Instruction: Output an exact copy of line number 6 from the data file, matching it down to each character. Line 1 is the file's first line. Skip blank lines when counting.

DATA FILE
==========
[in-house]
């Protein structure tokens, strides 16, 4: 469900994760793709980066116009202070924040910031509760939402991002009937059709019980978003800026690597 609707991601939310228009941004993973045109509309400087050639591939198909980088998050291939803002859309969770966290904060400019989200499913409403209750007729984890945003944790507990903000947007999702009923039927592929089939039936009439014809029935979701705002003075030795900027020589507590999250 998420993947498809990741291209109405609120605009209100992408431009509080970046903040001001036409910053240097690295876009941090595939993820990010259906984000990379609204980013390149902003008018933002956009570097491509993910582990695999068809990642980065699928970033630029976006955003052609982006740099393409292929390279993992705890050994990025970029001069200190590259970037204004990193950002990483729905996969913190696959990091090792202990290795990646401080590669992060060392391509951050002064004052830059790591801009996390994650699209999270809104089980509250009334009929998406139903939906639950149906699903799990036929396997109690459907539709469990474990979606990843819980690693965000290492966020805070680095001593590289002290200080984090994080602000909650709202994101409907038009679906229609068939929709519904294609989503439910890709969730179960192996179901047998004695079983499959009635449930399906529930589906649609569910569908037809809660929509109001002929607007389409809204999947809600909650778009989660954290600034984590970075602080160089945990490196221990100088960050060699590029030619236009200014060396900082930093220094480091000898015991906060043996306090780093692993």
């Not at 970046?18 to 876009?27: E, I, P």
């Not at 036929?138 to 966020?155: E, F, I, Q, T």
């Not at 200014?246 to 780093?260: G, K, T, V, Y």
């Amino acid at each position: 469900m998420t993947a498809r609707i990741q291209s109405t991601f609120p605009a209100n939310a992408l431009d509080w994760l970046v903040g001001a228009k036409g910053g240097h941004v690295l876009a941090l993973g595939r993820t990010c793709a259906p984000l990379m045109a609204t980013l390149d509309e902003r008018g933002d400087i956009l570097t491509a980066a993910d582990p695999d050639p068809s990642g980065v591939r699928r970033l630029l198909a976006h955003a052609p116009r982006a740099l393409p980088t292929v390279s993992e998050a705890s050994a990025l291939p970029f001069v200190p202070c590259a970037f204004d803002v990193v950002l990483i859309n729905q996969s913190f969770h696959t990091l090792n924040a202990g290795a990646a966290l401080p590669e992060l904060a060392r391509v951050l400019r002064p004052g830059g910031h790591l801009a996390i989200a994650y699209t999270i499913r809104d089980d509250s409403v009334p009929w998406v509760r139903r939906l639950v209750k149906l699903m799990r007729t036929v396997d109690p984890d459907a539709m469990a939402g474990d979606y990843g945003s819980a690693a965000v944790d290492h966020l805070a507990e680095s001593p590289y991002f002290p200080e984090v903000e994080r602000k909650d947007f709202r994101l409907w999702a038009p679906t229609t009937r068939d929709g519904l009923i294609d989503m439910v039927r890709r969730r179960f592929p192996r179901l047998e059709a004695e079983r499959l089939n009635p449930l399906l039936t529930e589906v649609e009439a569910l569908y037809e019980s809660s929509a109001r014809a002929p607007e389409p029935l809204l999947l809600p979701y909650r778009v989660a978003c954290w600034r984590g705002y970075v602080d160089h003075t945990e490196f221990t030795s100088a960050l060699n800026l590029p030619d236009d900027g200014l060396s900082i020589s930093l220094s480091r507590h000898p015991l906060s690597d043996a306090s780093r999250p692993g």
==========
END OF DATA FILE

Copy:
């Amino acid at each position: 469900m998420t993947a498809r609707i990741q291209s109405t991601f609120p605009a209100n939310a992408l431009d509080w994760l970046v903040g001001a228009k036409g910053g240097h941004v690295l876009a941090l993973g595939r993820t990010c793709a259906p984000l990379m045109a609204t980013l390149d509309e902003r008018g933002d400087i956009l570097t491509a980066a993910d582990p695999d050639p068809s990642g980065v591939r699928r970033l630029l198909a976006h955003a052609p116009r982006a740099l393409p980088t292929v390279s993992e998050a705890s050994a990025l291939p970029f001069v200190p202070c590259a970037f204004d803002v990193v950002l990483i859309n729905q996969s913190f969770h696959t990091l090792n924040a202990g290795a990646a966290l401080p590669e992060l904060a060392r391509v951050l400019r002064p004052g830059g910031h790591l801009a996390i989200a994650y699209t999270i499913r809104d089980d509250s409403v009334p009929w998406v509760r139903r939906l639950v209750k149906l699903m799990r007729t036929v396997d109690p984890d459907a539709m469990a939402g474990d979606y990843g945003s819980a690693a965000v944790d290492h966020l805070a507990e680095s001593p590289y991002f002290p200080e984090v903000e994080r602000k909650d947007f709202r994101l409907w999702a038009p679906t229609t009937r068939d929709g519904l009923i294609d989503m439910v039927r890709r969730r179960f592929p192996r179901l047998e059709a004695e079983r499959l089939n009635p449930l399906l039936t529930e589906v649609e009439a569910l569908y037809e019980s809660s929509a109001r014809a002929p607007e389409p029935l809204l999947l809600p979701y909650r778009v989660a978003c954290w600034r984590g705002y970075v602080d160089h003075t945990e490196f221990t030795s100088a960050l060699n800026l590029p030619d236009d900027g200014l060396s900082i020589s930093l220094s480091r507590h000898p015991l906060s690597d043996a306090s780093r999250p692993g």